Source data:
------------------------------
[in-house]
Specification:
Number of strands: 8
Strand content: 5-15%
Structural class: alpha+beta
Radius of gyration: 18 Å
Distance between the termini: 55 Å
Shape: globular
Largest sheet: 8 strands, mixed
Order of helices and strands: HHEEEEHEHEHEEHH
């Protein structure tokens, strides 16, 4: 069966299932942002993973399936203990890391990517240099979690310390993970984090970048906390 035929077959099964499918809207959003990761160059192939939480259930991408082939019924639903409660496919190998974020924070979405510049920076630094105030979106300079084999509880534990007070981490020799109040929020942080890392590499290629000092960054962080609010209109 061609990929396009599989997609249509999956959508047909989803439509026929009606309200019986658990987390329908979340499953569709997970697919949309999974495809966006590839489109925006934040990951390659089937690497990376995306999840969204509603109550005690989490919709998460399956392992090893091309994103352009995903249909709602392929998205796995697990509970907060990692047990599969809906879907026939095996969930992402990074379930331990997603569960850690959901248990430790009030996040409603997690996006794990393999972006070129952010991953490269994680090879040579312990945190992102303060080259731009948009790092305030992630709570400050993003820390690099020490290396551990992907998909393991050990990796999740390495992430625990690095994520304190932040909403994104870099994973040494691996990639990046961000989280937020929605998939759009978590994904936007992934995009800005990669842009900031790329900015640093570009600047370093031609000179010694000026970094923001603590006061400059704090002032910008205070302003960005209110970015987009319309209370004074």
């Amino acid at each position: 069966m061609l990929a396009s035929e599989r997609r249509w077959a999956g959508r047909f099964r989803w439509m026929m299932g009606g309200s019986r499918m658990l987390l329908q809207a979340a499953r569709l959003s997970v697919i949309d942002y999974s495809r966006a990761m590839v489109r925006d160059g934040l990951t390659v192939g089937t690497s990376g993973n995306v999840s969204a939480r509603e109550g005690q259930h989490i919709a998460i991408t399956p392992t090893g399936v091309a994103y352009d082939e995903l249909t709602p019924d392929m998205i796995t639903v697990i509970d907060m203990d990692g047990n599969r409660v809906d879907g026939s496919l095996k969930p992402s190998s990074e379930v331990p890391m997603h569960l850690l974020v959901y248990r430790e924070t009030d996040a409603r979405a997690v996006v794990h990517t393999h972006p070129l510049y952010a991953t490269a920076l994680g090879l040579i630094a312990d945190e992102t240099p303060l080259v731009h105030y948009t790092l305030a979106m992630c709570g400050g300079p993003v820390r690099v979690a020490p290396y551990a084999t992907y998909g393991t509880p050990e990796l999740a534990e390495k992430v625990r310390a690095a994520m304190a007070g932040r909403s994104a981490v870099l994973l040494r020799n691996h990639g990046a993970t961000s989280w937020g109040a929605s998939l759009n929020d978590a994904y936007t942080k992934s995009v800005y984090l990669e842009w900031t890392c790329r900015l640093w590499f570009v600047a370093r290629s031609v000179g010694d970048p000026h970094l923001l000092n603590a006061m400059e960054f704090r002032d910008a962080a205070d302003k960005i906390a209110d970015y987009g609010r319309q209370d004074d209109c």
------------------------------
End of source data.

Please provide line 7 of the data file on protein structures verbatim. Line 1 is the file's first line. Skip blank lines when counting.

Distance between the termini: 55 Å